Reductionism and Forum Conversations


by John Creighto
Tags: conversations, reductionism
John Creighto
John Creighto is offline
#1
Mar28-12, 01:33 PM
P: 813
At least as far back as the Greeks people have been trying to understand things by looking at lower and lower levels to find the first principles which determine all things. We break things into their components, and then into materials and then into compounds and then into atoms. This works well for physics and chemistry but as much as we believe that people are governed by the laws of Quantum mechanics we cannot understand higher level organisms by these first principles.

By restricting the scope of a topic, subject, discipline or field it is easier to ensure what we focus on is relevant but with such tunnel vision, we may overlook the relationships between our area of focus and other well-known and important ideas. (as a side note this relates to what John Taylor Gatto’s calls: “The Lesson of Confusion”. Where he says everything is taught in a disconnected way. Remember that the process of connecting ideas together helps us to remember them. The more we try to simplify things by breaking them down. The less interesting we will find the subject and the harder it will be for us to retain what is learned.)

Now with regards to a forum conversation, I understand that keeping the subject narrow helps to keep what is discussed as a coherent hole. However, if the focus is too narrow, the topic may become uninteresting and stifle relevant conversation.

Thoughts?
http://en.wikipedia.org/wiki/Reductionism
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Ryan_m_b
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#2
Mar28-12, 03:48 PM
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Quote Quote by John Creighto View Post
At least as far back as the Greeks people have been trying to understand things by looking at lower and lower levels to find the first principles which determine all things. We break things into their components, and then into materials and then into compounds and then into atoms. This works well for physics and chemistry but as much as we believe that people are governed by the laws of Quantum mechanics we cannot understand higher level organisms by these first principles.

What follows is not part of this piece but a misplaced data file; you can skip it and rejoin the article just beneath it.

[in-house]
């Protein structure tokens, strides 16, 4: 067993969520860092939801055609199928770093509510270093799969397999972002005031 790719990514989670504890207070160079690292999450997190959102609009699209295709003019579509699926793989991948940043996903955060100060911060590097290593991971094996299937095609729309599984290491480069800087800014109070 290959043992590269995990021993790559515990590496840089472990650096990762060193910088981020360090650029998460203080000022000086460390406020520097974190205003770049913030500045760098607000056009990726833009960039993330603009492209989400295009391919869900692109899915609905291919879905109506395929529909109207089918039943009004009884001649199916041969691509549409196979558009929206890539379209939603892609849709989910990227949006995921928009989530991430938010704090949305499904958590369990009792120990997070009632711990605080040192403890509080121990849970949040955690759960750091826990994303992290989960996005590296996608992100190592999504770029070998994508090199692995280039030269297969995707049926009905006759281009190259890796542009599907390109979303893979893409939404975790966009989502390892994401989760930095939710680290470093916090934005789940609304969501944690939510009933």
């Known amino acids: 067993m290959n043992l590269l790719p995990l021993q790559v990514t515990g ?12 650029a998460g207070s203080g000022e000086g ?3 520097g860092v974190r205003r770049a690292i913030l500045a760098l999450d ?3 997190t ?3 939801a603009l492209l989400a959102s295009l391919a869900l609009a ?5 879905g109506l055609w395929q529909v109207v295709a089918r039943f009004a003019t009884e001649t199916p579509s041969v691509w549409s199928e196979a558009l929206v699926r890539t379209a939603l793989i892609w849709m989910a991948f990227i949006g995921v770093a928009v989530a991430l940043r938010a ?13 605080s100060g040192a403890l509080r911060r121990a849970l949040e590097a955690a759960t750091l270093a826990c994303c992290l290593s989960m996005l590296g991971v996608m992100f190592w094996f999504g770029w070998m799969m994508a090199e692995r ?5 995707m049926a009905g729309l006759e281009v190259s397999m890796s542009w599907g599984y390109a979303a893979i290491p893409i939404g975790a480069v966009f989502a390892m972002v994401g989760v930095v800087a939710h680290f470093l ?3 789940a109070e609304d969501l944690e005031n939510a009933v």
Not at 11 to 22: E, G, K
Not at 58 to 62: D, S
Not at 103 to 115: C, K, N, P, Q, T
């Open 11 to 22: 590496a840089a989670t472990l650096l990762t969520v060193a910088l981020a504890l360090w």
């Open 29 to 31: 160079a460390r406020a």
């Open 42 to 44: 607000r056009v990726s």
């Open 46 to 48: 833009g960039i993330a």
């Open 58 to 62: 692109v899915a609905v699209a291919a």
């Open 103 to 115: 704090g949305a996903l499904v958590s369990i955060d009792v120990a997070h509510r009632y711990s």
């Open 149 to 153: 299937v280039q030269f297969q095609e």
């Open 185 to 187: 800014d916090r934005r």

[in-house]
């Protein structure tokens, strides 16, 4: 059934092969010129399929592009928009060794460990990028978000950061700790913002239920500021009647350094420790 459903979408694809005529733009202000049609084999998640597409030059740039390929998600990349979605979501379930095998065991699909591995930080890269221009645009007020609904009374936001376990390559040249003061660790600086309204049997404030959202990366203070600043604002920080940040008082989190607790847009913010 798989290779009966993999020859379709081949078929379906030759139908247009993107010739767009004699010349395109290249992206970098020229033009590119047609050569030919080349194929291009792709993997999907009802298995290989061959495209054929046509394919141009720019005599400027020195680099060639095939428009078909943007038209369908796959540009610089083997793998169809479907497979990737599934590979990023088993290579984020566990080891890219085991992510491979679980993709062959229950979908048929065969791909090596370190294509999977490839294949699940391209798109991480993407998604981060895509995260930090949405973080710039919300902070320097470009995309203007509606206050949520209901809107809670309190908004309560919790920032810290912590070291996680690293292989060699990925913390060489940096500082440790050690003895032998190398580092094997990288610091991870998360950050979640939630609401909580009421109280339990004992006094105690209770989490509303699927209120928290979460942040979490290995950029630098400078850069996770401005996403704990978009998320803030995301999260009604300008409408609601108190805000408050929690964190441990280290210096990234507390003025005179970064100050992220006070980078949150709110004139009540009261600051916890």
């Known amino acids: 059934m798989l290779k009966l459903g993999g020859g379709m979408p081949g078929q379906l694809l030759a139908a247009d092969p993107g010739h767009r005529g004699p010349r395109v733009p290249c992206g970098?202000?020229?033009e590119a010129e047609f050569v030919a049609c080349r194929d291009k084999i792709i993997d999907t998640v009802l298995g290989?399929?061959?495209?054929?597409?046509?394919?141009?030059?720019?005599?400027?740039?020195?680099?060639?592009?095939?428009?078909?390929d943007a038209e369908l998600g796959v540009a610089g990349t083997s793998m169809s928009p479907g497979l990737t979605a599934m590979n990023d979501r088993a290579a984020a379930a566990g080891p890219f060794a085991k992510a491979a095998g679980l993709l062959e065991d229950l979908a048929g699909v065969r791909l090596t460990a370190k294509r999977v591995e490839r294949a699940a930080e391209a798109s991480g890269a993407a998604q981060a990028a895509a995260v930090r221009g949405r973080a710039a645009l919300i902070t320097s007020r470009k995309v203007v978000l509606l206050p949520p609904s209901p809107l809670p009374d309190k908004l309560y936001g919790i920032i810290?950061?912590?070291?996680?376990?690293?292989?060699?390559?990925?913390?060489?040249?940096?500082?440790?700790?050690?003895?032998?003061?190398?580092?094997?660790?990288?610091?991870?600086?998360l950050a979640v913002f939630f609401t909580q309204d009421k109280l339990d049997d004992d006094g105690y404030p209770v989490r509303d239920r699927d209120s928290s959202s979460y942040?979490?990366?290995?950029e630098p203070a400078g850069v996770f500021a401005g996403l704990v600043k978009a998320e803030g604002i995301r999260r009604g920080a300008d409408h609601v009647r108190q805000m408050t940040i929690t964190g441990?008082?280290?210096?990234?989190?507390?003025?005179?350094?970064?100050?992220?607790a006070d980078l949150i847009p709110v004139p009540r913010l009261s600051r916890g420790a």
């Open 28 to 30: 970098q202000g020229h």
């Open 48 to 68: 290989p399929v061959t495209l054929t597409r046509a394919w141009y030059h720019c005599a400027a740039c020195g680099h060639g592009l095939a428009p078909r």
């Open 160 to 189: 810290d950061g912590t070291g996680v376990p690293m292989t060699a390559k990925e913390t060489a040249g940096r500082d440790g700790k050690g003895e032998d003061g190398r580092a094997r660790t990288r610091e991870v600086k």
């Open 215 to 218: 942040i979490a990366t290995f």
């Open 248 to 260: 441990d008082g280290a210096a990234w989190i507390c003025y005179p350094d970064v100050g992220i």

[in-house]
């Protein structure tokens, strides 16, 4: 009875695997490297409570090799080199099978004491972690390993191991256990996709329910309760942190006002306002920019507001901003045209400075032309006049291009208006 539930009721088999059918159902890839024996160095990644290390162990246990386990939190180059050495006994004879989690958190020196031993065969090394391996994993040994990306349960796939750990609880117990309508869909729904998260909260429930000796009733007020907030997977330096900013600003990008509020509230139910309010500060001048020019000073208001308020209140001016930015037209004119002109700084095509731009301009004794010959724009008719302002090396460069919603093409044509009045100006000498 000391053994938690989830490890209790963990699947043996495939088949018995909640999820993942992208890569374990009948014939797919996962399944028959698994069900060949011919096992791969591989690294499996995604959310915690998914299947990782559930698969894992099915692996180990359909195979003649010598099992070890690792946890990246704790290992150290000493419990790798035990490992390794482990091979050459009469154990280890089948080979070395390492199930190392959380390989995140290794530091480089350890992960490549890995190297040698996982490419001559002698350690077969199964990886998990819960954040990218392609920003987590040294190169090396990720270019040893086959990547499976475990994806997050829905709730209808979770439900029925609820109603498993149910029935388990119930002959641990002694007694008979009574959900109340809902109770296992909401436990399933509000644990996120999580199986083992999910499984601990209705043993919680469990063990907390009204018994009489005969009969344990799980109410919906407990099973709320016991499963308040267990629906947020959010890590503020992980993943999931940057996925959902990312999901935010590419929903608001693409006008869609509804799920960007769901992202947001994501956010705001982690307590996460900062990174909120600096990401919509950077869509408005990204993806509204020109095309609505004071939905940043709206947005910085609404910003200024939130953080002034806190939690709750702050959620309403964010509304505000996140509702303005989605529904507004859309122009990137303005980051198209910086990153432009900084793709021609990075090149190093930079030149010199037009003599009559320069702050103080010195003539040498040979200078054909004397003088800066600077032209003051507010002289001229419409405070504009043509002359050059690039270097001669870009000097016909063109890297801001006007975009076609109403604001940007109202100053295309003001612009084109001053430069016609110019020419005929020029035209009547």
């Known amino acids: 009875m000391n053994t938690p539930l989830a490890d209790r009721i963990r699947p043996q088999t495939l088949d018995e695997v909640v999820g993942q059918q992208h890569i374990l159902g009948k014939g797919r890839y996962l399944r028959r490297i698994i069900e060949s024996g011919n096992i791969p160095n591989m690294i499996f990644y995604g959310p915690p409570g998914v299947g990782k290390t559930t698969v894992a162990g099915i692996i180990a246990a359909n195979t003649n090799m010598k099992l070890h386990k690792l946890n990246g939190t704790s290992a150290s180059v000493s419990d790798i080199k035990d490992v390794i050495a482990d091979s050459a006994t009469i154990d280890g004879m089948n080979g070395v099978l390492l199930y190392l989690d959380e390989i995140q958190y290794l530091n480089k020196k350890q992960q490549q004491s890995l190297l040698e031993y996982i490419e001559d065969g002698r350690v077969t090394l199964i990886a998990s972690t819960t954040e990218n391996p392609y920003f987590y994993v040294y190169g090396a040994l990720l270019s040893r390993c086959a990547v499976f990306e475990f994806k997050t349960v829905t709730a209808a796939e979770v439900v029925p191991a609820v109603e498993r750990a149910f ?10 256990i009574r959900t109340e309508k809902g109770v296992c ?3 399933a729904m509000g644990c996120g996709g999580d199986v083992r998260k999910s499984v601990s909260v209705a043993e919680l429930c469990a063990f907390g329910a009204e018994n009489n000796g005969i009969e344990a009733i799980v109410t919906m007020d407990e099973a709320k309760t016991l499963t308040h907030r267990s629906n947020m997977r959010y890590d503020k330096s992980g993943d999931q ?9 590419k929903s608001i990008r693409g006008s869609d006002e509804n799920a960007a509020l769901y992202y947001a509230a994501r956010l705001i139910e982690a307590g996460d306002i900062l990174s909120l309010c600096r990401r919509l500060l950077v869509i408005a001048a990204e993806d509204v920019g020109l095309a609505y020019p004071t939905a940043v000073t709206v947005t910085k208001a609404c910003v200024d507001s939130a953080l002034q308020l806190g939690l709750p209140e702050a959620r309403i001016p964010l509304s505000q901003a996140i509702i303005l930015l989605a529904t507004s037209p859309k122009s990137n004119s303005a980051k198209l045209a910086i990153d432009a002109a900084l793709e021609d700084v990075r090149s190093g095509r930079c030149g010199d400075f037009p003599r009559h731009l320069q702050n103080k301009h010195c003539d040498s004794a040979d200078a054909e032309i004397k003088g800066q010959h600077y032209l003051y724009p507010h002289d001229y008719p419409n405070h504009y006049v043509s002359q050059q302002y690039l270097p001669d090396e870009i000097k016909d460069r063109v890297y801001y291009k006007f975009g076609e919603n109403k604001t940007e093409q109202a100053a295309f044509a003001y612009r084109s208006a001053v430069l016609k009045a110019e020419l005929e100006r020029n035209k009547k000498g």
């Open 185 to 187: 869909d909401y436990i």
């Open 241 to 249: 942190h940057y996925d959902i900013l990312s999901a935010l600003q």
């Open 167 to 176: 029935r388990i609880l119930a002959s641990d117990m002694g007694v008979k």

Reductionism isn't as prevalent in science as is often made out
http://en.wikipedia.org/wiki/Systems_biology

In many biological disciplines from microbiology to medicine to psychology and even ecology there are approaches that employ reductionism and holism.
Maui
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#3
Mar28-12, 05:22 PM
P: 724
Would any scientist openly admit that sometimes 2+2 equals 5 under certain, specific situations?

wuliheron
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#4
Mar28-12, 07:09 PM
P: 1,967

Reductionism and Forum Conversations


That sounds like fun. Let's all make up our own private languages while we're at it and spout endless gibberish. NOT! Communication requires compromise and if you aren't willing to compromise then just don't and see how far it gets you.

As for this website, it is one of the very few online that even demands people use standard dictionary definitions of words. If you don't like it, there are plenty more that don't.


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